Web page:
- There is a risk of infection from contaminated water if sanitary conditions are not maintained. Avoid sudden or prolonged exposure to extreme temperatures in baths, wraps, saunas, or other forms of hydrotherapy, particularly with heart disease, lung disease, or if pregnant. Avoid with implanted medical devices like pacemakers, defibrillators, or hepatic (liver) infusion pumps. Vigorous use of water jets should be avoided with fractures, known blood clots, bleeding disorders, severe osteoporosis, open wounds, or during pregnancy. Use cautiously with Raynaud's disease, chilblains, acrocyanosis, erythrocyanosis, and impaired temperature sensitivity, such as neuropathy. Use cautiously if pregnant or breastfeeding. Hydrotherapy should not delay the time to diagnosis or treatment with more proven techniques or therapies, and should not be used as the sole approach to illnesses. Patients with known illnesses should consult their physician(s) before starting hydrotherapy.
- Iodine: It is not clear if healing of wounds or skin ulcers is improved with the application of topical iodine solutions. Iodine solutions may assist with sterilization as a part of a larger approach to the wound healing process.
- Reactions can be severe, and deaths have occurred with exposure to iodine. Avoid iodine-based products if allergic or hypersensitive to iodine. Do no use for more than 14 days. Avoid Lugol solution and saturated solution of potassium iodide (SSKI, PIMA) with hyperkalemia (high amounts of potassium in the blood), pulmonary edema (fluid in the lungs), bronchitis, or tuberculosis. Use cautiously when applying to the skin because it may irritate/burn tissues. Use sodium iodide cautiously with kidney failure. Avoid sodium iodide with gastrointestinal obstruction. Iodine is safe in recommended doses for pregnant or breastfeeding women. Avoid povidone-iodine for perianal preparation during delivery or postpartum antisepsis.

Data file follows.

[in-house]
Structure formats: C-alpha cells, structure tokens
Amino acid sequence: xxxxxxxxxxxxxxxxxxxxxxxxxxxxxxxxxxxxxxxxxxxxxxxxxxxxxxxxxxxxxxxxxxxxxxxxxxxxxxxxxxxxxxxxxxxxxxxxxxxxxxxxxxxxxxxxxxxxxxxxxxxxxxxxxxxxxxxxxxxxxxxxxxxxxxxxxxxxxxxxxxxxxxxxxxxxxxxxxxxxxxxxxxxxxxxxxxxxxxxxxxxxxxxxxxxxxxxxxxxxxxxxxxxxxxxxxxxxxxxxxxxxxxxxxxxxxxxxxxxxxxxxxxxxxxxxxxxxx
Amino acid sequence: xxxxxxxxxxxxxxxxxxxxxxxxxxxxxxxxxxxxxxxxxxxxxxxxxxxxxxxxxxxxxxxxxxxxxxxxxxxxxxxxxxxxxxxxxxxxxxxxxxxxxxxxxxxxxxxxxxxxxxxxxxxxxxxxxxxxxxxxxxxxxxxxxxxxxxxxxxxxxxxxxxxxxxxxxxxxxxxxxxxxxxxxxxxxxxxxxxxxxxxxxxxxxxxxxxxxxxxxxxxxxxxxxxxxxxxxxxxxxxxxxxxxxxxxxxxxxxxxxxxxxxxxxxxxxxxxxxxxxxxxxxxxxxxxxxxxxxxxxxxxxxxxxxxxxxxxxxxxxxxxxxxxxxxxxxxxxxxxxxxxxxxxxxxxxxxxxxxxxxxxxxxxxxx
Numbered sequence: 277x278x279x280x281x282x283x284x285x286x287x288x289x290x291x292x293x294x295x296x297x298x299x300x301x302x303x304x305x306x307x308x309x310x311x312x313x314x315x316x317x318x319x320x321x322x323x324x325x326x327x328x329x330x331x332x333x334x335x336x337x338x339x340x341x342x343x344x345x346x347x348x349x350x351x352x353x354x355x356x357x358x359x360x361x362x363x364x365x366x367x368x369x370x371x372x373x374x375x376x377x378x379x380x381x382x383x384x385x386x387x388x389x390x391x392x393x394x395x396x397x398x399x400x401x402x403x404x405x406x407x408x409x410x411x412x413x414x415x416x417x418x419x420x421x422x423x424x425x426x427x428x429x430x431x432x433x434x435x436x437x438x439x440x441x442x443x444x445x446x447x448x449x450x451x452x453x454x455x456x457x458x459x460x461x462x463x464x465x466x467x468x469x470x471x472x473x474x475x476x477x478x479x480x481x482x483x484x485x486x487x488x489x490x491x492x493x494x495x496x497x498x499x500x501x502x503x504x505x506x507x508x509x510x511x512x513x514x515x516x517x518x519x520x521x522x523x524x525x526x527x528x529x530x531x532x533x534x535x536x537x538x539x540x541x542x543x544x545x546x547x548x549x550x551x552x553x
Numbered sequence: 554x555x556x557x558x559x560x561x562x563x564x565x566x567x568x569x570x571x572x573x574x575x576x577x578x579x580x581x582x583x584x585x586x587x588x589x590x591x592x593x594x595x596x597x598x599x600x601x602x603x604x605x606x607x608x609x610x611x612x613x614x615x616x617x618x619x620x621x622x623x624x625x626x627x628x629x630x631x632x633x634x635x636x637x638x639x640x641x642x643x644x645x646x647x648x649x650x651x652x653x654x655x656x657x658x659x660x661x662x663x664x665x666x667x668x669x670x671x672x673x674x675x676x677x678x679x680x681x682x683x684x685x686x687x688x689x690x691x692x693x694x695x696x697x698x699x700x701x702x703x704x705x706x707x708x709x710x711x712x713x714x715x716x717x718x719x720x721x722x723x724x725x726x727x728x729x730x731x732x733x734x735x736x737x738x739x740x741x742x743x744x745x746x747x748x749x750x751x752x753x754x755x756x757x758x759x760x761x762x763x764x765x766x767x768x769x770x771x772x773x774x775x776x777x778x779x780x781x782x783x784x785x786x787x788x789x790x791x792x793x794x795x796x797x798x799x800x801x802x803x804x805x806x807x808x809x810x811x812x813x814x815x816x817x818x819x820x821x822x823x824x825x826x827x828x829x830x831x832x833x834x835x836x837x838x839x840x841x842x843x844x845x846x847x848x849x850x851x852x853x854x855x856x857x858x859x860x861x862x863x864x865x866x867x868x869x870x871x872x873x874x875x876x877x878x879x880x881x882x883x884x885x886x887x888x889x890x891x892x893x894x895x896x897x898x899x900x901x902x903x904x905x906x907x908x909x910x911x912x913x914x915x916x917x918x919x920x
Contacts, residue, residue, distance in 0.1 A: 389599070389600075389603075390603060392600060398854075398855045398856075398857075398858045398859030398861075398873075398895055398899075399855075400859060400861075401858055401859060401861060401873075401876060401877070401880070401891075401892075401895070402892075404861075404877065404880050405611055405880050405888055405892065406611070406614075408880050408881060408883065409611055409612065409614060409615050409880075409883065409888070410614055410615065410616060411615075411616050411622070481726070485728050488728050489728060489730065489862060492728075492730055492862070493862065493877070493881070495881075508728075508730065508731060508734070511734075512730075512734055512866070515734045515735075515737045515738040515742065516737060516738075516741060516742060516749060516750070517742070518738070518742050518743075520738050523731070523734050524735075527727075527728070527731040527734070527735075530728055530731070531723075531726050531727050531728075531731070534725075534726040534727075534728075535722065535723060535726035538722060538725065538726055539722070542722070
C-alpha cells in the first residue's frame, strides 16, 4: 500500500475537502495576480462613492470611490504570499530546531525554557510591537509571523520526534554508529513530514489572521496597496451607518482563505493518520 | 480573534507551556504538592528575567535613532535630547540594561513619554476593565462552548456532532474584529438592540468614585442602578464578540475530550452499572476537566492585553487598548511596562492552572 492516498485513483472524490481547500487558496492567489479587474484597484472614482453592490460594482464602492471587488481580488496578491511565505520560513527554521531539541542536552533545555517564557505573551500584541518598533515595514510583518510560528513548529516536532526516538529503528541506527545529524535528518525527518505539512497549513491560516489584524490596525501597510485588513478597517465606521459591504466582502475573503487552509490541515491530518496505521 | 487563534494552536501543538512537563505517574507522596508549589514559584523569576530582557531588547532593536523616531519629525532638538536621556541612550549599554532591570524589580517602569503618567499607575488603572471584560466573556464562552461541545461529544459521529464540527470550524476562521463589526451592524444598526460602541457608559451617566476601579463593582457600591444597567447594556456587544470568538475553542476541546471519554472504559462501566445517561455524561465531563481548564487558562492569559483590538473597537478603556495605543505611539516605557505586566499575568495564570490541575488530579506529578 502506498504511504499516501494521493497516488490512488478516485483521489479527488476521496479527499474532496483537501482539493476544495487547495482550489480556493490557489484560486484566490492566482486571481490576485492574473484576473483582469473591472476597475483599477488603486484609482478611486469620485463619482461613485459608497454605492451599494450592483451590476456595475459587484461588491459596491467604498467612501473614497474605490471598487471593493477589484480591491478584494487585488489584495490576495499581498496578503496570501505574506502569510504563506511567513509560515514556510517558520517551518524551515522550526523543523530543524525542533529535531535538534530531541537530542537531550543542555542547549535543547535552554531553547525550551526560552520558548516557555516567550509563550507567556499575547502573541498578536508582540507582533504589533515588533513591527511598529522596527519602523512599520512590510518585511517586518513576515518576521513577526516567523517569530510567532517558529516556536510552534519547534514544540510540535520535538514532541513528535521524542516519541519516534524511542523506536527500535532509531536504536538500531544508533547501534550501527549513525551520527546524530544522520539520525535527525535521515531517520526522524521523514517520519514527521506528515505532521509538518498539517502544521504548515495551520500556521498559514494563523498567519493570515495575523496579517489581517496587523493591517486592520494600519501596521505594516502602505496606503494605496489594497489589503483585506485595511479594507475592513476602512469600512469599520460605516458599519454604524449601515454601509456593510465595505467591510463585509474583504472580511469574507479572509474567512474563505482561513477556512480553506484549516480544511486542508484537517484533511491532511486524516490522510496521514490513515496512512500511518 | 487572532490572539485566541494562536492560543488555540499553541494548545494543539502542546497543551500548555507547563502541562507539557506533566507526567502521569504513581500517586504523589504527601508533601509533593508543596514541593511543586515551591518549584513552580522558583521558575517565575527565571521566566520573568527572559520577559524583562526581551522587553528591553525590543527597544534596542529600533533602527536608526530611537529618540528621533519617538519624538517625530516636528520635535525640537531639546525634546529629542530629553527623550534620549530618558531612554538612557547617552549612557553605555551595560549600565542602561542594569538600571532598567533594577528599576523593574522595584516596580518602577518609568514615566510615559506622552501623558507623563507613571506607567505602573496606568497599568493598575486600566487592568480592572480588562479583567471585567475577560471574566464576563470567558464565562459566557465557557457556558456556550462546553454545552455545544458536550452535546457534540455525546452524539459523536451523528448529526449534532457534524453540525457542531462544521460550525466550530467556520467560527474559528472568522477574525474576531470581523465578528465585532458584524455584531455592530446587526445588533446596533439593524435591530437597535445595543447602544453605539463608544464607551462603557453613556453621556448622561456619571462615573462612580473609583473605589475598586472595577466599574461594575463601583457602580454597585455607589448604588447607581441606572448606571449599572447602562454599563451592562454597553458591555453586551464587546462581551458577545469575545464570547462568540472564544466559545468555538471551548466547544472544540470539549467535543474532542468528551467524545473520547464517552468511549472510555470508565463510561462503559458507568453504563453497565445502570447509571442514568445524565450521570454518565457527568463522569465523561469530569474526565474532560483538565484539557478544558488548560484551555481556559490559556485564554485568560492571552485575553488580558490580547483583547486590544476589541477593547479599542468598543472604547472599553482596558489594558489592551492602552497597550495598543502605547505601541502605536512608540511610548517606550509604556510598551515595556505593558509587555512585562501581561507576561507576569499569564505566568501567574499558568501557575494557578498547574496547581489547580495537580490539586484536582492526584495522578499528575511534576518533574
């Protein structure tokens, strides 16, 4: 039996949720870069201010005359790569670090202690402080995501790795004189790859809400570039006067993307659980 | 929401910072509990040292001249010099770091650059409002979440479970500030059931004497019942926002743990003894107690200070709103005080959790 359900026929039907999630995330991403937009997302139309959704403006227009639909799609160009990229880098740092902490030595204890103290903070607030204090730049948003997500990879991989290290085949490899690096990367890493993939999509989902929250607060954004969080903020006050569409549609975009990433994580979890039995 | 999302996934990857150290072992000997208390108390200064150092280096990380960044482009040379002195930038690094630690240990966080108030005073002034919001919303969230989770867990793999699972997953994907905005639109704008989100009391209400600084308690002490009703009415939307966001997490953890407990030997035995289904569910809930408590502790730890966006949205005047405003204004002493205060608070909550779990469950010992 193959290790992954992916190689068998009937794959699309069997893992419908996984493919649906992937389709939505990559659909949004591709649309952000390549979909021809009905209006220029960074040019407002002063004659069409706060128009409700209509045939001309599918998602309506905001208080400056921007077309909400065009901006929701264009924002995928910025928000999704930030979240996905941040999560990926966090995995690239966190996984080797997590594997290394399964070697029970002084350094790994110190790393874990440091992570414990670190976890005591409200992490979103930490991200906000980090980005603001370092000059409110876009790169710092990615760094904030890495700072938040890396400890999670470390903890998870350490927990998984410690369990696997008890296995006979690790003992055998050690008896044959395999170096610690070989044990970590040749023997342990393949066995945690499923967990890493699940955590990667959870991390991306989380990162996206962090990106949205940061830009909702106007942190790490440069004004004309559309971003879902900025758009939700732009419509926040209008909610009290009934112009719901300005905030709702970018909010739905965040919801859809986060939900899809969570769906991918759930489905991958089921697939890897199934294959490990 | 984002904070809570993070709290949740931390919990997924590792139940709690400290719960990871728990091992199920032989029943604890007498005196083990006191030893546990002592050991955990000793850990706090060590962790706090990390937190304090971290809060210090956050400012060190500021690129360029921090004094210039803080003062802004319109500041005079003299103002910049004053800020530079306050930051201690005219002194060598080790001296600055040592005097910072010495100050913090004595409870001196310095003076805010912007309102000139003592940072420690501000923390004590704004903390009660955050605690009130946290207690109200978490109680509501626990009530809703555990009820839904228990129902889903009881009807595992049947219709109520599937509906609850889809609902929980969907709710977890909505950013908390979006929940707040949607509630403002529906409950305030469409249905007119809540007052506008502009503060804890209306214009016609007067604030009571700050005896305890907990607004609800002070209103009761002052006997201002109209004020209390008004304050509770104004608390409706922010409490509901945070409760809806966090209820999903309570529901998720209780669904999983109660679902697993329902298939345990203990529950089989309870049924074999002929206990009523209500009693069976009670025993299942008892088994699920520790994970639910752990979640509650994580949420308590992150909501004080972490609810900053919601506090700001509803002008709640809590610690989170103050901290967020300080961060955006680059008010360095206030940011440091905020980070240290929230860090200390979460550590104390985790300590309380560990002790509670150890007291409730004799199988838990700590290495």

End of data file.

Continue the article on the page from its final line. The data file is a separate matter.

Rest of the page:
- Magnet therapy: The use of magnets to treat illness has been described historically in many civilizations. In modern times, magnetic fields play an important role in Western medicine, including use for magnetic resonance imaging (MRI), pulsed electromagnetic fields, and experimental magnetic stimulatory techniques. Early scientific evidence suggests that the time to heal wounds, including ulcers, may decrease with the use of static magnets. Better quality studies are needed before a firm recommendation can be made for wound healing.
- Avoid with implantable medical devices, such as heart pacemakers, defibrillators, insulin pumps, or hepatic artery infusion pumps. Avoid with myasthenia gravis or bleeding disorders. Avoid if pregnant or breastfeeding. Magnet therapy is not advised as the sole treatment for potentially serious medical conditions, and it should not delay the time to diagnosis or treatment with more proven methods. Patients are advised to discuss magnet therapy with a qualified healthcare provider before starting treatment.
- Pantothenic acid (vitamin B5): Pantothenic acid (vitamin B5) is essential to all life and is a component of Coenzyme A (CoA), a molecule that is necessary for numerous vital chemical reactions to occur in cells. Pantothenic acid is essential to the metabolism of carbohydrates, proteins, and fats, as well as for the synthesis of hormones and cholesterol. In animal research, oral and topical pantothenic acid has been associated with accelerated skin wound healing. However early human study results conflict. Additional evidence is necessary before a clear conclusion can be reached regarding this use of pantothenic acid or dexpanthenol.
- Avoid if allergic or hypersensitive to pantothenic acid or dexpanthenol. Avoid with gastrointestinal blockage. Pantothenic acid is generally considered safe in pregnant and breastfeeding women when taken at recommended doses.
- Papain: Papain is an enzyme that breaks protein bonds and has been used in Africa for treating burns. In standard western medical care, papain-containing debridement agents are commonly used to remove necrotic tissue and slough in burns, postoperative wounds, pilonidal cyst wounds, carbuncles, trauma wounds, infected wounds, and chronic lesions, such as pressure ulcers, and varicose and diabetic ulcers. According to reviews and clinical trials, papain may be very useful for wound debridement and for stimulating wound healing. More high-quality research is needed in this area.
- Use cautiously in patients sensitive to papain. Use cautiously in patients being treated for prostatitis. Use Wobenzym®, which contains papain, cautiously, especially in those with bleeding disorders or taking anticoagulants or antiplatelets. Use cautiously as an adjuvant to radiation therapy. Avoid in patients with gastroesophageal reflux disease. Avoid in patients using immunosuppressive therapy.
- Physical therapy: Physical therapy techniques, such as laser treatment, have been used to clean and heal wounds. Early evidence also suggests that high voltage stimulation or pulsed electrical stimulation may speed the healing of some types of skin ulcers. More research with similar outcome measures is needed to better understand the role of physical therapy for wound care.